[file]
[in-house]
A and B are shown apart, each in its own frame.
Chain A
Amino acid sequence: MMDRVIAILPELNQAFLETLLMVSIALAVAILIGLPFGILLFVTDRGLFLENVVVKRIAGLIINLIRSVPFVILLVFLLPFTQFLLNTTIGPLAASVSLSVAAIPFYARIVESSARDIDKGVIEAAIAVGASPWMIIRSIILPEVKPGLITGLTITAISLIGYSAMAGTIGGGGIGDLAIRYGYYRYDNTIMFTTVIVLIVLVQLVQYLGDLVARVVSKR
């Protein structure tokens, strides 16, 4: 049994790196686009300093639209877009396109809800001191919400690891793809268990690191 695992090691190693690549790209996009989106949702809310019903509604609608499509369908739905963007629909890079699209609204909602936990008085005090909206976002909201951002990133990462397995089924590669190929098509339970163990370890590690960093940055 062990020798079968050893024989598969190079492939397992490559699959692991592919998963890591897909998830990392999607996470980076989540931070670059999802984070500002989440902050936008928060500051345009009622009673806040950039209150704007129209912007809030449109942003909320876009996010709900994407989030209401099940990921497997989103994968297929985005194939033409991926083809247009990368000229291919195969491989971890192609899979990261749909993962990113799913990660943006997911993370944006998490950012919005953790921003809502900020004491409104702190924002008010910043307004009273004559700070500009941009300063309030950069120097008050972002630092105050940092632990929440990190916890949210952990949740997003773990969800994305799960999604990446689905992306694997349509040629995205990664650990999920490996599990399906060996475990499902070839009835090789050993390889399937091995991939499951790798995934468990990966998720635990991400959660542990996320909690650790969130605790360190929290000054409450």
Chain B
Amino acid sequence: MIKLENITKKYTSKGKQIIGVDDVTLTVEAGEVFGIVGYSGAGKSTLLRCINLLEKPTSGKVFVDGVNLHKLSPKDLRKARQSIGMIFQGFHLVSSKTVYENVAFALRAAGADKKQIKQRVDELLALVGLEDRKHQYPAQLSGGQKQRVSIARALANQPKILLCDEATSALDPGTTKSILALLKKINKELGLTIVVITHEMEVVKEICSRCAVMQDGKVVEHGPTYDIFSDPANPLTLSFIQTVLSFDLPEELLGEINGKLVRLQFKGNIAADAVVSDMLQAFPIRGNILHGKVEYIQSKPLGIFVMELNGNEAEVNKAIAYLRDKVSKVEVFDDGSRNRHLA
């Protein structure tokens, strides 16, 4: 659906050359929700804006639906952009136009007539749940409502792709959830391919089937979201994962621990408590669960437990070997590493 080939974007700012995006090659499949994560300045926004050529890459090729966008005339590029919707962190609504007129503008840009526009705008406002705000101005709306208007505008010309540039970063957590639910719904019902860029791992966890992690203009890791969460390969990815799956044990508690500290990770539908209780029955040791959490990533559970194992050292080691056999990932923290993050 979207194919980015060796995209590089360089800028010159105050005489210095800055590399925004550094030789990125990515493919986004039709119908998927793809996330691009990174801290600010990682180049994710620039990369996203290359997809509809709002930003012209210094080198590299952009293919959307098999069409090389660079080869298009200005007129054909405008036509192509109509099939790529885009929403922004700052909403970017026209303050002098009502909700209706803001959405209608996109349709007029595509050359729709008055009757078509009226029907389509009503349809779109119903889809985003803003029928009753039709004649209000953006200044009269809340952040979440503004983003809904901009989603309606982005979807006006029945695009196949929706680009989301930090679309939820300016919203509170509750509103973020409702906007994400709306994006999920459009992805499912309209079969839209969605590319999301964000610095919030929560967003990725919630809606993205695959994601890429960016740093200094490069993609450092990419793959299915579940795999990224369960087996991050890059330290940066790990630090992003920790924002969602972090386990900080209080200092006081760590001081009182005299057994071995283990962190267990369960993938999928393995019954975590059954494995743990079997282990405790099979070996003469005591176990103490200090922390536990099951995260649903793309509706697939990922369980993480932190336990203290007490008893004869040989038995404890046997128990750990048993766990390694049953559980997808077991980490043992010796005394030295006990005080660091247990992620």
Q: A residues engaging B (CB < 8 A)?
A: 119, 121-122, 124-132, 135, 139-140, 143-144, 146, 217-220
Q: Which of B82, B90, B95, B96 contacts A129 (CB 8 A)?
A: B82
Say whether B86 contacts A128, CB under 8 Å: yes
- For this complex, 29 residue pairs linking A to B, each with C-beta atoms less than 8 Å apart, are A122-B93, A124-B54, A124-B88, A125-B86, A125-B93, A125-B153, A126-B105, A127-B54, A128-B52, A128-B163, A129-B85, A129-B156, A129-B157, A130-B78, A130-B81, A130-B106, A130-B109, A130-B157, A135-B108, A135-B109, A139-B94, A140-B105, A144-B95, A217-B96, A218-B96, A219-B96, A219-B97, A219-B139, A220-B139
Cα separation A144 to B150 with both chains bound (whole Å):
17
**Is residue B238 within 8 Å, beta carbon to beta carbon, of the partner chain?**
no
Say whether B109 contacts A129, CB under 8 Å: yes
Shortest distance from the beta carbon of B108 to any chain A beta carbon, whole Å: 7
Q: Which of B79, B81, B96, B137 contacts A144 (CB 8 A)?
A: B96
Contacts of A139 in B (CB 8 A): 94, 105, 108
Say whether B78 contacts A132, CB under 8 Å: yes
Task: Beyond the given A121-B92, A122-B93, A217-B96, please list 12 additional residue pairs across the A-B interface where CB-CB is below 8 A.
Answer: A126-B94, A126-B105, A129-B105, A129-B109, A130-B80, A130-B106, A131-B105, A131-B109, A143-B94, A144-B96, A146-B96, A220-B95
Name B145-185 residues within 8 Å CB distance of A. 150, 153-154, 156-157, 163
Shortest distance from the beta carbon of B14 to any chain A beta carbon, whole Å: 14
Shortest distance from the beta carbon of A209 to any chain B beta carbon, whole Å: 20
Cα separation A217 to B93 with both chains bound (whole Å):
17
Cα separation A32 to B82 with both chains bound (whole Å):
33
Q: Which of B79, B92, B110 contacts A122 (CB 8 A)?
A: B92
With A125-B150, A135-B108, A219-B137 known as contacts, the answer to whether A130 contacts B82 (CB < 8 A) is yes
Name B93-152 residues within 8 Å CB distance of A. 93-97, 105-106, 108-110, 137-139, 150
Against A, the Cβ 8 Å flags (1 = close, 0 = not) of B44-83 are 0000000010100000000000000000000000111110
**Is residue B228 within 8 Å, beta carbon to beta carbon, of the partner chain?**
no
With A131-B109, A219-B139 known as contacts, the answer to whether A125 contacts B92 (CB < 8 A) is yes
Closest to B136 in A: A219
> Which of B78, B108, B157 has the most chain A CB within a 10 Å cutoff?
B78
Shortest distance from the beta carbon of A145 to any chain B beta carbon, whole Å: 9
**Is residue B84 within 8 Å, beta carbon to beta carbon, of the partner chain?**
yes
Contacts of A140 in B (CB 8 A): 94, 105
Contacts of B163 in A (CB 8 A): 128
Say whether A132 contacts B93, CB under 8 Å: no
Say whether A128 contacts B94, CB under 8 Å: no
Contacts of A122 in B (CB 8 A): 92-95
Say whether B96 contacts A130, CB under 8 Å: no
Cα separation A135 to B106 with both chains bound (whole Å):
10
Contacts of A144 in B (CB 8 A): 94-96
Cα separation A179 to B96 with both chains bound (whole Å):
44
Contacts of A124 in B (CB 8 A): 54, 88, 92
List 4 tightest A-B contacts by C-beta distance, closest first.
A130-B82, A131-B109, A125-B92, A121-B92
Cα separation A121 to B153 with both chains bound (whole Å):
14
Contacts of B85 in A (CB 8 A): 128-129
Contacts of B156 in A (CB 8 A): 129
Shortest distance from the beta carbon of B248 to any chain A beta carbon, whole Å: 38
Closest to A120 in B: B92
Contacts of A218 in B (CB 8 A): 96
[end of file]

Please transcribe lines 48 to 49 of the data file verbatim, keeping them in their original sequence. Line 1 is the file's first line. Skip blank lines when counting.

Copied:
Contacts of A140 in B (CB 8 A): 94, 105
Contacts of B163 in A (CB 8 A): 128